The Learning Record is an open system of literacy and mathematics assessment, K-12, maintained and monitored by the classroom teacher to provide evidence that students are moving toward agreed upon goals and standards. Parents (and/or other adult mentors) and students themselves contribute evidence for the Record. Teachers summarize and record this information to inform their teaching and to calibrate their interpretations of the standards with others beyond the classroom for accountability purposes.
The Learning Record is a powerful assessment process developed first in England for literacy (reading, writing, speaking, listening) for use with low-income children, many of whom had first languages other than English. For years, U.S. work on the LR was led by the Center for Language in Learning, but sadly it has closed its doors.
American Psychological Association Presidential Task Force on Psychology in Education and Mid-continent Regional Educational Laboratory. (1993). Learner-Centered Principles for School Reform. Washington, DC: APA (Office of Psychology in Education, Education Directorate, APA, 750 First St., NE, Washington, DC 20002).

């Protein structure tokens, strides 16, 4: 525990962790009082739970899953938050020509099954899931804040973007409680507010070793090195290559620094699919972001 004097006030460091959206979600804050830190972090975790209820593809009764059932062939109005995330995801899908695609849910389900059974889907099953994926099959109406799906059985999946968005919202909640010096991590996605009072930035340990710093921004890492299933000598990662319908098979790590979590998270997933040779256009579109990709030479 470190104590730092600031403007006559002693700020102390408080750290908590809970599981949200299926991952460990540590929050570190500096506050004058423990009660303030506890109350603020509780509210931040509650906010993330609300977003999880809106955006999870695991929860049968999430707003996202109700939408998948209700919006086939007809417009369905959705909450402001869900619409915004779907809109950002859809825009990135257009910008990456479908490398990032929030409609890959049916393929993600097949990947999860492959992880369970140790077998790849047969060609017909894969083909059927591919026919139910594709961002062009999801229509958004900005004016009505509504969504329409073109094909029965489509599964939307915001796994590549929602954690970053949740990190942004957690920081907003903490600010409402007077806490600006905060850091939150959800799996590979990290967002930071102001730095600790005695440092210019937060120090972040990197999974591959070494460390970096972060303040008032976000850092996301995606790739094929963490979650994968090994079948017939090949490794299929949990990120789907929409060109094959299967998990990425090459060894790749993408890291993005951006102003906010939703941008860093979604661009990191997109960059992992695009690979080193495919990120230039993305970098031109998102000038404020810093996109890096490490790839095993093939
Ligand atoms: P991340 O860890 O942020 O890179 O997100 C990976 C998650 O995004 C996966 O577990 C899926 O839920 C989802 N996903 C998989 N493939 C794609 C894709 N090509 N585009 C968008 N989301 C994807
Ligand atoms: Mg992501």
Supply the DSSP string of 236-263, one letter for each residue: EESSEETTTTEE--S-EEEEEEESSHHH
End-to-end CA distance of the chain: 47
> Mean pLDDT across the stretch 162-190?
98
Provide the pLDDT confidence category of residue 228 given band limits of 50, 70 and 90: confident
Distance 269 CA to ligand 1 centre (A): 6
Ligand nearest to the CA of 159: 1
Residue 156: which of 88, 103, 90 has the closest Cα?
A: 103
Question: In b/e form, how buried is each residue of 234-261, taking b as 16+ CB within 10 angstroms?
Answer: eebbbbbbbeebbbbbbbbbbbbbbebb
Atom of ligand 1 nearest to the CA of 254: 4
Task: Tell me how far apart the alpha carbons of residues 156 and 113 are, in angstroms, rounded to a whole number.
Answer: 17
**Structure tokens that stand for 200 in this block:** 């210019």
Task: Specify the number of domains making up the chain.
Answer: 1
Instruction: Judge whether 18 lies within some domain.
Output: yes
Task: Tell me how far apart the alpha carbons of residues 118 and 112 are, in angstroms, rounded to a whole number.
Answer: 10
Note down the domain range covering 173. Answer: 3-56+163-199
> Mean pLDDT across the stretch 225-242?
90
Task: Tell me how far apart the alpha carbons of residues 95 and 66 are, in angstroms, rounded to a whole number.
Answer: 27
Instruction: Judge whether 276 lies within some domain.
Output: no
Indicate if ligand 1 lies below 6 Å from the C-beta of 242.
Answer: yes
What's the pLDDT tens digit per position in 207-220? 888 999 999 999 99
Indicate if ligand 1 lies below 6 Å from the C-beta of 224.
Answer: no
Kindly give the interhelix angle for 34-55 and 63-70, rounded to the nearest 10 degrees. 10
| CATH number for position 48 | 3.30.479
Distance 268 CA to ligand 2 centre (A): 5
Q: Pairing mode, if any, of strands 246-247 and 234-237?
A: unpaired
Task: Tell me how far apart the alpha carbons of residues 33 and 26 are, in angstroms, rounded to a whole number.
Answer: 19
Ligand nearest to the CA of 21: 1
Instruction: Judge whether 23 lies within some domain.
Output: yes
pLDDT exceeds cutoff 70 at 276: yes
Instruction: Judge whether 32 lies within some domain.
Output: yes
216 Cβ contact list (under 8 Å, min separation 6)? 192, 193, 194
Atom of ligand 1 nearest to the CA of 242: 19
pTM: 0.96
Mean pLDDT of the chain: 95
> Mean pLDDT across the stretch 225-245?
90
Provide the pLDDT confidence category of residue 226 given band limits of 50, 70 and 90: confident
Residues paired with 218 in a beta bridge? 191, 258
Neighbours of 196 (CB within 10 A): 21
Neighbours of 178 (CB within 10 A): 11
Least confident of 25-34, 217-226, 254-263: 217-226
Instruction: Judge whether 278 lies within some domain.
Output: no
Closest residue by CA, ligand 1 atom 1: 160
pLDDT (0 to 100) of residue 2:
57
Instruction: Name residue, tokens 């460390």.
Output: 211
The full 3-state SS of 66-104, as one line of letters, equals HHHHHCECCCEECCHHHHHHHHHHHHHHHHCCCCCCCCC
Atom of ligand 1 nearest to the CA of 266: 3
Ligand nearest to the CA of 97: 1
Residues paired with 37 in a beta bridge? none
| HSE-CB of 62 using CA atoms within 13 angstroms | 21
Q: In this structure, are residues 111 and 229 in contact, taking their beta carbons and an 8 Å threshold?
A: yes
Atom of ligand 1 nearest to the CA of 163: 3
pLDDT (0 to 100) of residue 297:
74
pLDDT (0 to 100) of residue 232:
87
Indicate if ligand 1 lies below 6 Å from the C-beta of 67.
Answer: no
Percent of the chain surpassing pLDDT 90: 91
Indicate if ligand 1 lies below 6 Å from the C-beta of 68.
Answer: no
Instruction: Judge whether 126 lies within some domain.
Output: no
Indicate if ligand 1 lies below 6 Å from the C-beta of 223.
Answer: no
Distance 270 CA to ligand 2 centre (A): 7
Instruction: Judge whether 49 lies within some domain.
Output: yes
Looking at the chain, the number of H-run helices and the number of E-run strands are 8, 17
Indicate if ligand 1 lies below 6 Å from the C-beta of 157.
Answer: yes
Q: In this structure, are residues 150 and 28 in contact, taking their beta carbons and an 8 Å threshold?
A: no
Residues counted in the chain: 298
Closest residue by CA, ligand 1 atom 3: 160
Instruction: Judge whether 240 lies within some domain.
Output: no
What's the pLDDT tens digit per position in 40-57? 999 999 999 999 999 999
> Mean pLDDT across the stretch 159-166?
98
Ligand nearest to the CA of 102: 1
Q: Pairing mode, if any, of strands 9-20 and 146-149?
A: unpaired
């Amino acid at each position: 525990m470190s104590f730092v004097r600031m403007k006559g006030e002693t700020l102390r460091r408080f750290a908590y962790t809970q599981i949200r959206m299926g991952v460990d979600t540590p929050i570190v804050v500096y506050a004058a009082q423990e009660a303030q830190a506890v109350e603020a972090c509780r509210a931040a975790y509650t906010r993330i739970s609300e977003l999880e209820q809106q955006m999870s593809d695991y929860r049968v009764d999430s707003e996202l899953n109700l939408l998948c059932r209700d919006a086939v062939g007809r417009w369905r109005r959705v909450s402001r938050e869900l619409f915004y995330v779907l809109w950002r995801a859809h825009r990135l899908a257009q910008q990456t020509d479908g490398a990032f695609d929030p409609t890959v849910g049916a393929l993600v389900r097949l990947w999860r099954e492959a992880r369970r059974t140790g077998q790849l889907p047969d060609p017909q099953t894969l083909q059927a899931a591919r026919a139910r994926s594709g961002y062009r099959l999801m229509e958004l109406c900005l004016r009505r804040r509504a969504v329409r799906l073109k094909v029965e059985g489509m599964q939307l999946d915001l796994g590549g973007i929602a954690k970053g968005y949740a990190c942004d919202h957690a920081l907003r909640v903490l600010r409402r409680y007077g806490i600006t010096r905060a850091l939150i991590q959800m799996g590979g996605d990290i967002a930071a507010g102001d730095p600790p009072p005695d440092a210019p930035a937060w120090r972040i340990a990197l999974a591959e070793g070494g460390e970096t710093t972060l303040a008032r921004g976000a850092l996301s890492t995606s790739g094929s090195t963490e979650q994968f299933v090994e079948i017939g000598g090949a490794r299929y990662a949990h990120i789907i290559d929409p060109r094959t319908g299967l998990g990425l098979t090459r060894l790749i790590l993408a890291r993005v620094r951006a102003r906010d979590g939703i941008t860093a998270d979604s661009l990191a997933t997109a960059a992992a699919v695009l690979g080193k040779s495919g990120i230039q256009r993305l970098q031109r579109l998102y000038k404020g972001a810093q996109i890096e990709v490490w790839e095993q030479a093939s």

Ascher, C. "Testing Bilingual Students: Do We Speak the Same Language?" PTA Today (March 1991, pp. 7-9).
Discusses cultural and linguistic bias issues in bilingual testing, options for administering tests to bilingual students, and problems associated with these options. Includes a short description of an alternative, "dynamic assessment."
The current version of the federal Elementary and Secondary Education Act (ESEA), called "No Child Left Behind" (NCLB), needs fundamental change. The Forum on Educational Accountability (FEA) has submitted legislative language based on the Joint Organizational Statement on NCLB to the U.S. House and Senate Education Committees that would remake the law into an effective tool for school improvement.